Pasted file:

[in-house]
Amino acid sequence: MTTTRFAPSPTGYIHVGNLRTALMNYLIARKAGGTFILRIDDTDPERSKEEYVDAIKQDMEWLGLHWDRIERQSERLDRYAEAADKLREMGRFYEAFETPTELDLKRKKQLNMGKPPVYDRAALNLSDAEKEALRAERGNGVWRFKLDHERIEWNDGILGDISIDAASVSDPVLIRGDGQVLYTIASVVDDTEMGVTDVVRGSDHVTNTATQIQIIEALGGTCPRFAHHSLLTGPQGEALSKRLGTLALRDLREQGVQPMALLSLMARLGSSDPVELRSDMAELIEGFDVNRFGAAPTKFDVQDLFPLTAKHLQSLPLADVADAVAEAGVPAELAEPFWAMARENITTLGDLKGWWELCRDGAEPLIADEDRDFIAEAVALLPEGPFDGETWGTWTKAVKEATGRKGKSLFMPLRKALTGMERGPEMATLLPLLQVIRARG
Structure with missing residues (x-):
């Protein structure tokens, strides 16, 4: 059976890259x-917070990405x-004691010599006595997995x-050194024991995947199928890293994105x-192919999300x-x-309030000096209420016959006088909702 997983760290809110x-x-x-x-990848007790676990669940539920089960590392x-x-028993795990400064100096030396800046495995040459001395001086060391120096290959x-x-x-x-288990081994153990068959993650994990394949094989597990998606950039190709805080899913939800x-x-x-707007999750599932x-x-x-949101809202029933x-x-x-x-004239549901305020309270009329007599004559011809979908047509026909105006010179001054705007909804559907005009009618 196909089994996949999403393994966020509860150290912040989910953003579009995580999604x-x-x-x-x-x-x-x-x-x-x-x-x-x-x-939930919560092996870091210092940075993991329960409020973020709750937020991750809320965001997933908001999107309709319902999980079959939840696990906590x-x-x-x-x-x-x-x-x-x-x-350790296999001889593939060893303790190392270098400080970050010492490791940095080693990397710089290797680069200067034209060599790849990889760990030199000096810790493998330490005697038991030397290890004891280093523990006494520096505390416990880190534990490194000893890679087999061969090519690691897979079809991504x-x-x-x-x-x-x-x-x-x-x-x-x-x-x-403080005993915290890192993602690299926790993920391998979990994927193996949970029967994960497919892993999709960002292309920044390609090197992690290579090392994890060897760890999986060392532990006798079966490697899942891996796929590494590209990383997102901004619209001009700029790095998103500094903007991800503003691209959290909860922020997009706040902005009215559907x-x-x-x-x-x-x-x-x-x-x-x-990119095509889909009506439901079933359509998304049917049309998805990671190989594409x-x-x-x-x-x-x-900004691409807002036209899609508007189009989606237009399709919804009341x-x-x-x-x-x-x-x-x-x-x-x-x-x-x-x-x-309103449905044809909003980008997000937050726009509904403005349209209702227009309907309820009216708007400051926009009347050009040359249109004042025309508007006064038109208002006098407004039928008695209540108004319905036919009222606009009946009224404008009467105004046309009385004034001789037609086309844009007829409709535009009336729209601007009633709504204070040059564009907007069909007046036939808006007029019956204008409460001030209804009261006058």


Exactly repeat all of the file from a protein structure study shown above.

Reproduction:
[in-house]
Amino acid sequence: MTTTRFAPSPTGYIHVGNLRTALMNYLIARKAGGTFILRIDDTDPERSKEEYVDAIKQDMEWLGLHWDRIERQSERLDRYAEAADKLREMGRFYEAFETPTELDLKRKKQLNMGKPPVYDRAALNLSDAEKEALRAERGNGVWRFKLDHERIEWNDGILGDISIDAASVSDPVLIRGDGQVLYTIASVVDDTEMGVTDVVRGSDHVTNTATQIQIIEALGGTCPRFAHHSLLTGPQGEALSKRLGTLALRDLREQGVQPMALLSLMARLGSSDPVELRSDMAELIEGFDVNRFGAAPTKFDVQDLFPLTAKHLQSLPLADVADAVAEAGVPAELAEPFWAMARENITTLGDLKGWWELCRDGAEPLIADEDRDFIAEAVALLPEGPFDGETWGTWTKAVKEATGRKGKSLFMPLRKALTGMERGPEMATLLPLLQVIRARG
Structure with missing residues (x-):
């Protein structure tokens, strides 16, 4: 059976890259x-917070990405x-004691010599006595997995x-050194024991995947199928890293994105x-192919999300x-x-309030000096209420016959006088909702 997983760290809110x-x-x-x-990848007790676990669940539920089960590392x-x-028993795990400064100096030396800046495995040459001395001086060391120096290959x-x-x-x-288990081994153990068959993650994990394949094989597990998606950039190709805080899913939800x-x-x-707007999750599932x-x-x-949101809202029933x-x-x-x-004239549901305020309270009329007599004559011809979908047509026909105006010179001054705007909804559907005009009618 196909089994996949999403393994966020509860150290912040989910953003579009995580999604x-x-x-x-x-x-x-x-x-x-x-x-x-x-x-939930919560092996870091210092940075993991329960409020973020709750937020991750809320965001997933908001999107309709319902999980079959939840696990906590x-x-x-x-x-x-x-x-x-x-x-350790296999001889593939060893303790190392270098400080970050010492490791940095080693990397710089290797680069200067034209060599790849990889760990030199000096810790493998330490005697038991030397290890004891280093523990006494520096505390416990880190534990490194000893890679087999061969090519690691897979079809991504x-x-x-x-x-x-x-x-x-x-x-x-x-x-x-403080005993915290890192993602690299926790993920391998979990994927193996949970029967994960497919892993999709960002292309920044390609090197992690290579090392994890060897760890999986060392532990006798079966490697899942891996796929590494590209990383997102901004619209001009700029790095998103500094903007991800503003691209959290909860922020997009706040902005009215559907x-x-x-x-x-x-x-x-x-x-x-x-990119095509889909009506439901079933359509998304049917049309998805990671190989594409x-x-x-x-x-x-x-900004691409807002036209899609508007189009989606237009399709919804009341x-x-x-x-x-x-x-x-x-x-x-x-x-x-x-x-x-309103449905044809909003980008997000937050726009509904403005349209209702227009309907309820009216708007400051926009009347050009040359249109004042025309508007006064038109208002006098407004039928008695209540108004319905036919009222606009009946009224404008009467105004046309009385004034001789037609086309844009007829409709535009009336729209601007009633709504204070040059564009907007069909007046036939808006007029019956204008409460001030209804009261006058």